If you feel any form of acute pain or begin to get extremely tired, call it a day. Always listen to your body, you are less likely to get rewarded for trying to endure pain.
- Begin by warming up. You could take a brisk walk on a flat surface for 5 to 10 minutes or perform dynamic stretching to prepare your body, loosen and kick-start your muscle.
- Jog up the stairs for 2 to 3 minutes. This should be your recovery pace.
- Increase your pace or speed to boost your heart rate. Do this for 2 to 4 minutes.
- Return to your recovery pace(jogging) for 2 to 3 minutes
- Continue in this form, working and recovery intervals for as long as you can.
To make it more intense and advanced incorporate:
- Sprinting up the stairs for 45 seconds
- Forward lunges for 3 minutes
- High knees for 2 to 3 minutes
- Grapevine up and down the stairs for 2 minutes
- Burpees: we love them, we hate them, we love to hate them or we try to do them. Whatever it is, burpees is a great exercise. As challenging and stressful as they are, they should be incorporated in your interval training workout.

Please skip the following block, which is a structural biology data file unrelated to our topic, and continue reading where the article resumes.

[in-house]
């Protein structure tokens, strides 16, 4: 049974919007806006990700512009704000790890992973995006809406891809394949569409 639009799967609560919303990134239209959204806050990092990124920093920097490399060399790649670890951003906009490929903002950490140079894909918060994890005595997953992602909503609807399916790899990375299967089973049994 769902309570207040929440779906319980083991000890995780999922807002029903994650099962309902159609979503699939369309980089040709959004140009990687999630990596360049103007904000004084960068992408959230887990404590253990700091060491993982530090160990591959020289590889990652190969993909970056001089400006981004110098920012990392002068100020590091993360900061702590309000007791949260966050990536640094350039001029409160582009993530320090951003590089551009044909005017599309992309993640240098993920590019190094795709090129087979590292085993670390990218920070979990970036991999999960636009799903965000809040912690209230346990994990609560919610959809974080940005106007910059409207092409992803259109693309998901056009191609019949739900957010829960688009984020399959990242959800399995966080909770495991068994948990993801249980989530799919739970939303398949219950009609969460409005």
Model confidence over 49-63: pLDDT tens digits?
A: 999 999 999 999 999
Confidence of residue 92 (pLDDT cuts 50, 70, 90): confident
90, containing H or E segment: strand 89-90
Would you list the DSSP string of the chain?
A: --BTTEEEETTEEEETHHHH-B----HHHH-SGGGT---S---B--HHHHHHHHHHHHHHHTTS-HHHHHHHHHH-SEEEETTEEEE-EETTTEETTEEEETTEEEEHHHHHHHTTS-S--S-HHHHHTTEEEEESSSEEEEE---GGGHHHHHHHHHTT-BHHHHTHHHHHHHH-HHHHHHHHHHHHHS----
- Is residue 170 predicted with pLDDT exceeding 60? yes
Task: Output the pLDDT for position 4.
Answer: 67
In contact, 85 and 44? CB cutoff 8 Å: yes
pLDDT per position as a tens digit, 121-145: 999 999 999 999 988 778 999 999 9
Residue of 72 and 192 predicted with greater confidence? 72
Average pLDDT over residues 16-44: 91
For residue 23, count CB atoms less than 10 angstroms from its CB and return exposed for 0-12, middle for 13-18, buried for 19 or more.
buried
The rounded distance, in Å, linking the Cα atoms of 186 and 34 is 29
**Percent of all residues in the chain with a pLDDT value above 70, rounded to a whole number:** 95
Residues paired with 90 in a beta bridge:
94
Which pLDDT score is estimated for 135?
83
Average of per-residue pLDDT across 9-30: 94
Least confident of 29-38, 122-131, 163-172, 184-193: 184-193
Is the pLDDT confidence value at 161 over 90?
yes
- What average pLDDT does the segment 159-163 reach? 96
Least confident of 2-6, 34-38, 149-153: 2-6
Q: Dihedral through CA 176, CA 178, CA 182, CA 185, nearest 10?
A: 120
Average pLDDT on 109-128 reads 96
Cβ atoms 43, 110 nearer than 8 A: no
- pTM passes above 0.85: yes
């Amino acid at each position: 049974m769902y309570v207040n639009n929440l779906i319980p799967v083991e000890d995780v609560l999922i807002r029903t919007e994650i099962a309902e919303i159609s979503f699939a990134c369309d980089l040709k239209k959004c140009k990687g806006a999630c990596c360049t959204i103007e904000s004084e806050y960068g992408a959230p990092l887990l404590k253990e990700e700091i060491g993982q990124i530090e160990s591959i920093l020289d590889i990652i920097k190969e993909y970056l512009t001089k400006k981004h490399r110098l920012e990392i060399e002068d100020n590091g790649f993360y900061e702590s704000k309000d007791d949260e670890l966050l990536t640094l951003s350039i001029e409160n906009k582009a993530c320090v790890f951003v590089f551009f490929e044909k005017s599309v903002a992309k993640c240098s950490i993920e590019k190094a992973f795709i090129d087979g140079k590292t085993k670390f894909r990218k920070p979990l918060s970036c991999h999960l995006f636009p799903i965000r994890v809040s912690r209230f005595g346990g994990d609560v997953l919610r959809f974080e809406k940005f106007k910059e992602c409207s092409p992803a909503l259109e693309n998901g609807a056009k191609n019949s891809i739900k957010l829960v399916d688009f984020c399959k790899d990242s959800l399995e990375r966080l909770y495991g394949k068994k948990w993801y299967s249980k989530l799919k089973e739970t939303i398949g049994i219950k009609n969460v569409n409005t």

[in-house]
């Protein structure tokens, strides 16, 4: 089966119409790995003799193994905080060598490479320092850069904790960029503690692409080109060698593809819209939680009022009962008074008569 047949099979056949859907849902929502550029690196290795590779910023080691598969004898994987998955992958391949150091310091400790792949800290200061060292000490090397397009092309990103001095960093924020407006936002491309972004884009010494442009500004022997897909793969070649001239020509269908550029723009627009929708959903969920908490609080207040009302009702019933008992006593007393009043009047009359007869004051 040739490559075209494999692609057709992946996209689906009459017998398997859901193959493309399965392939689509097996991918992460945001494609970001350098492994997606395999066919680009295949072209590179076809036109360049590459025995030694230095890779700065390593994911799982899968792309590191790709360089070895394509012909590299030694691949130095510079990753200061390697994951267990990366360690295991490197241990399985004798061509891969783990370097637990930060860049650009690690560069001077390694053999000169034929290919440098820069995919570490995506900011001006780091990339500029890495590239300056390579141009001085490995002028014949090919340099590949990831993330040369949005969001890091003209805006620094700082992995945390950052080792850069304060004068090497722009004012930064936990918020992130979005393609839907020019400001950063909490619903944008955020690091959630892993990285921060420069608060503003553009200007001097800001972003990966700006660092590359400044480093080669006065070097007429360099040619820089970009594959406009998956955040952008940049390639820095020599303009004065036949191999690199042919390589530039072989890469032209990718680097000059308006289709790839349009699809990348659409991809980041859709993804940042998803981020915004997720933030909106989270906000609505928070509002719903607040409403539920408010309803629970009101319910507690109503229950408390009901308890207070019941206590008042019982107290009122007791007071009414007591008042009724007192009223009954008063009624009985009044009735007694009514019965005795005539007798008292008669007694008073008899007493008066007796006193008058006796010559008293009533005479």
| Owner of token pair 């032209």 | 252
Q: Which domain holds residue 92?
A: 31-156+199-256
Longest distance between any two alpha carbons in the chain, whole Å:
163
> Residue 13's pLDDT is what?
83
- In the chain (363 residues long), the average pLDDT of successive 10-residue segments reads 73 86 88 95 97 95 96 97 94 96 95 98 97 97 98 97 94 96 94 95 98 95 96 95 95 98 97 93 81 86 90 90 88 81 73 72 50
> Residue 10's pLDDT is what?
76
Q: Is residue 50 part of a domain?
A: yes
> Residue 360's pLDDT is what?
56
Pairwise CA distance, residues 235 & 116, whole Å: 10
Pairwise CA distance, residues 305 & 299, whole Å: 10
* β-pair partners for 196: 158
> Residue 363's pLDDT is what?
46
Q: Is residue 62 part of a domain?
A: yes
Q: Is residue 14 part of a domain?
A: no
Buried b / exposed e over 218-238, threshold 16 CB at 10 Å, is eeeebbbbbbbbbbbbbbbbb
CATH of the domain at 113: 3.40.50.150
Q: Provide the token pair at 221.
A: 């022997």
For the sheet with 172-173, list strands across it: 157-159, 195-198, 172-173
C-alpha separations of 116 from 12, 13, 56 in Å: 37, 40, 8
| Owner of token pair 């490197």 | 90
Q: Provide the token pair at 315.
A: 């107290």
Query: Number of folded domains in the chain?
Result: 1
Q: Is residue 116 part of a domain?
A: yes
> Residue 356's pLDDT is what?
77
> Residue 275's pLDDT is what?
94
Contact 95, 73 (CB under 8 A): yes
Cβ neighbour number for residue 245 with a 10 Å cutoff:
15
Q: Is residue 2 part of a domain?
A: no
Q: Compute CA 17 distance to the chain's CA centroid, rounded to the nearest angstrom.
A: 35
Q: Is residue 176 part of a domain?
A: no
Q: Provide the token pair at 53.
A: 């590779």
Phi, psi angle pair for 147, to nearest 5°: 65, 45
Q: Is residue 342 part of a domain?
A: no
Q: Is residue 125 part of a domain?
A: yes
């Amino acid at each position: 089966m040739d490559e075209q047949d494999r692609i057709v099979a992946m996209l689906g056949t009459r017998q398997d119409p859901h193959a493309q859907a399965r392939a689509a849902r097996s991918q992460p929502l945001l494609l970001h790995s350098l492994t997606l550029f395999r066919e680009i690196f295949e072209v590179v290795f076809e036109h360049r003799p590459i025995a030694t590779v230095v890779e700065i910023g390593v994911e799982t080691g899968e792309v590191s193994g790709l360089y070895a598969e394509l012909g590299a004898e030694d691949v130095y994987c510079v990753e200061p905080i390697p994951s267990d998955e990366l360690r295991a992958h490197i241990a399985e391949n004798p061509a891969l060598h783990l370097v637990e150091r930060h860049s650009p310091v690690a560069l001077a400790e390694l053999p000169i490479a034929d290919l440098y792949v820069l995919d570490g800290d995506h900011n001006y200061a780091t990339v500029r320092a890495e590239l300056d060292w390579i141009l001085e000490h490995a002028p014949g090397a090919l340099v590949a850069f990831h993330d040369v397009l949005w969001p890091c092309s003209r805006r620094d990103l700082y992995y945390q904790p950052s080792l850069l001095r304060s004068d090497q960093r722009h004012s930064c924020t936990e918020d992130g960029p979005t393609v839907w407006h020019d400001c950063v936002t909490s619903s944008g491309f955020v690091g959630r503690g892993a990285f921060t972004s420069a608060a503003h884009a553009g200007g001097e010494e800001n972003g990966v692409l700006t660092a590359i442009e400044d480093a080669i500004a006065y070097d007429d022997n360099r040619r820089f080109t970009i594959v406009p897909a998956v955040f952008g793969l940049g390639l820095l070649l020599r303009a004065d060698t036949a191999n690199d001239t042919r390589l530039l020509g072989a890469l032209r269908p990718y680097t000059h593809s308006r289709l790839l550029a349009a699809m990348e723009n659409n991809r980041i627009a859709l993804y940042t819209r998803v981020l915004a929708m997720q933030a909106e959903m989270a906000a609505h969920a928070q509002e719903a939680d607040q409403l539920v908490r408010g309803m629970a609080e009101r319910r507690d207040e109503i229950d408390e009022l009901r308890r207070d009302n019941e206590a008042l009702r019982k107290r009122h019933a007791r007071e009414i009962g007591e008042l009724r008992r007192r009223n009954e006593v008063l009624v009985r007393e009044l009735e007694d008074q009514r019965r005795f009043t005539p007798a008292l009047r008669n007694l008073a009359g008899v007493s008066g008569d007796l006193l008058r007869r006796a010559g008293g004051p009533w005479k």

When done correctly, it delivers lots of benefits such as boosting cardiovascular fitness, building your muscles, burning calories, etc. This challenging and sweat-drenching exercise works your quads, chest, abs, shoulders, butt, triceps, and inner thighs- super fantastic right
How to do burpees
- Starting in a standing position, lower your body into a squat and ensure your thighs are parallel to the floor and your arms by your side. Your spine should be neutral and feet about hip-distance apart
- Kick your feet back and extend your arms right in front of you. End in a push-up position
- With your body straight from head to toe, do one push-up
- Return your feet back and jump back into a squat
- Jump into the air with your arms over your head. This is one rep.
To perform a burpees hiit
- Perform burpees for 2 to 3 minutes
- Take a recovery period of 1 minute
- Perform 8 air squats
- Perform running and burpees for 2 minutes. Run for few seconds then perform burpees
- Take a recovery period of 2 to 5 minutes
- Do 16 sit-ups
Another burpees hiit to try out:
Start by doing as many burpees as you can for 30 seconds. Put in all your effort and push your body at its hardest. Rest for 30 seconds and yes, you have one set. We challenge you to do 5 burpees under this short period- you got it.